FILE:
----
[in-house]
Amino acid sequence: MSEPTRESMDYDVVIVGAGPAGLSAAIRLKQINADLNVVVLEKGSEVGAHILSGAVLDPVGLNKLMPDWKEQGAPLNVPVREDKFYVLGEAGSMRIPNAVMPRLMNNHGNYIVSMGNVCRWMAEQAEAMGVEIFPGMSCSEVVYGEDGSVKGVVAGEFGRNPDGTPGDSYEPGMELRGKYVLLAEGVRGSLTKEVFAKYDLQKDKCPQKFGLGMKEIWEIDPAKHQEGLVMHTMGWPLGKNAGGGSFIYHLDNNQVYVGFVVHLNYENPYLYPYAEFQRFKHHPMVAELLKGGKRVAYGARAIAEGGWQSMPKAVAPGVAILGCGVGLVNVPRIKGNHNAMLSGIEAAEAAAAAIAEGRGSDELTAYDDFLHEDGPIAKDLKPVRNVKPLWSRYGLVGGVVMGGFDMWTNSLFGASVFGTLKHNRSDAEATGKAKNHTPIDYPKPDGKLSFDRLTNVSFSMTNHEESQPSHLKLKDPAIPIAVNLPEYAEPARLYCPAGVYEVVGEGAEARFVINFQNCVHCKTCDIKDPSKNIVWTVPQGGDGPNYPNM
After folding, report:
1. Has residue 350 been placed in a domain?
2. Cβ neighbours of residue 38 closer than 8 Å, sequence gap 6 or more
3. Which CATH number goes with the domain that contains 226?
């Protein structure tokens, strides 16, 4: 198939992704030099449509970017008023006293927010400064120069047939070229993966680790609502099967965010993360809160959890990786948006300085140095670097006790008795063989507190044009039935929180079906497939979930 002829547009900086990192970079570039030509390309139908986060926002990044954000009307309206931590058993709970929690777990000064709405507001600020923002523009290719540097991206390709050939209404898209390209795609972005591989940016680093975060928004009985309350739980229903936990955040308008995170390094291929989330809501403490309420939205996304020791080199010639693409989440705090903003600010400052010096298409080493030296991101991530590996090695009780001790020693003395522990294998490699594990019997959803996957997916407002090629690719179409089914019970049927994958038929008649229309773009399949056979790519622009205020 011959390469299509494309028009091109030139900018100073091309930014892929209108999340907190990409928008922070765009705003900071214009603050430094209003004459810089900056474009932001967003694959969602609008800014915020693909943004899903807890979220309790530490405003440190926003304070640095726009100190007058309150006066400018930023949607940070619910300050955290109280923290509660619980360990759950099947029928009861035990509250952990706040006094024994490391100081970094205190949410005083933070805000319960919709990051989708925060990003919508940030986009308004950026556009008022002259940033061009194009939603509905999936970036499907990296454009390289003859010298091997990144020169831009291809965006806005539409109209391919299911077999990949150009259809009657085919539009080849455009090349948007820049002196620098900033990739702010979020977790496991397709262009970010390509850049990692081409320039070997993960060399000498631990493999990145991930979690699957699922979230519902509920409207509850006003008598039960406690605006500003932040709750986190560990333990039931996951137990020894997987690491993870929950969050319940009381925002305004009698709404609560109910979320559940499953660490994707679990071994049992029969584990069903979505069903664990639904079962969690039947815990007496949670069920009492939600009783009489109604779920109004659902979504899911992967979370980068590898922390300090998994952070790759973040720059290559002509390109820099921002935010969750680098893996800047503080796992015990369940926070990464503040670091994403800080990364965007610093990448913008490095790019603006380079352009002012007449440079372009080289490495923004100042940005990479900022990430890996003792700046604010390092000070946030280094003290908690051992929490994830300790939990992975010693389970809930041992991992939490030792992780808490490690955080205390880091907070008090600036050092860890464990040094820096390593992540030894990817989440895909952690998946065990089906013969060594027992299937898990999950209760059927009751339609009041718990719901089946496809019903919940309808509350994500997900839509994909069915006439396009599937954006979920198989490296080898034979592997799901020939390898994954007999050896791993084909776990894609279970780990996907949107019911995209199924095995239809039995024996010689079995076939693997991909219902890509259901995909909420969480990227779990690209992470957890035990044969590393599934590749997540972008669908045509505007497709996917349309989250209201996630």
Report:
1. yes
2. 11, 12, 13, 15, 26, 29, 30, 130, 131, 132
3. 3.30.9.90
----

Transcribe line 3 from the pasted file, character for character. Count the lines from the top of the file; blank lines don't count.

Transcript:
After folding, report: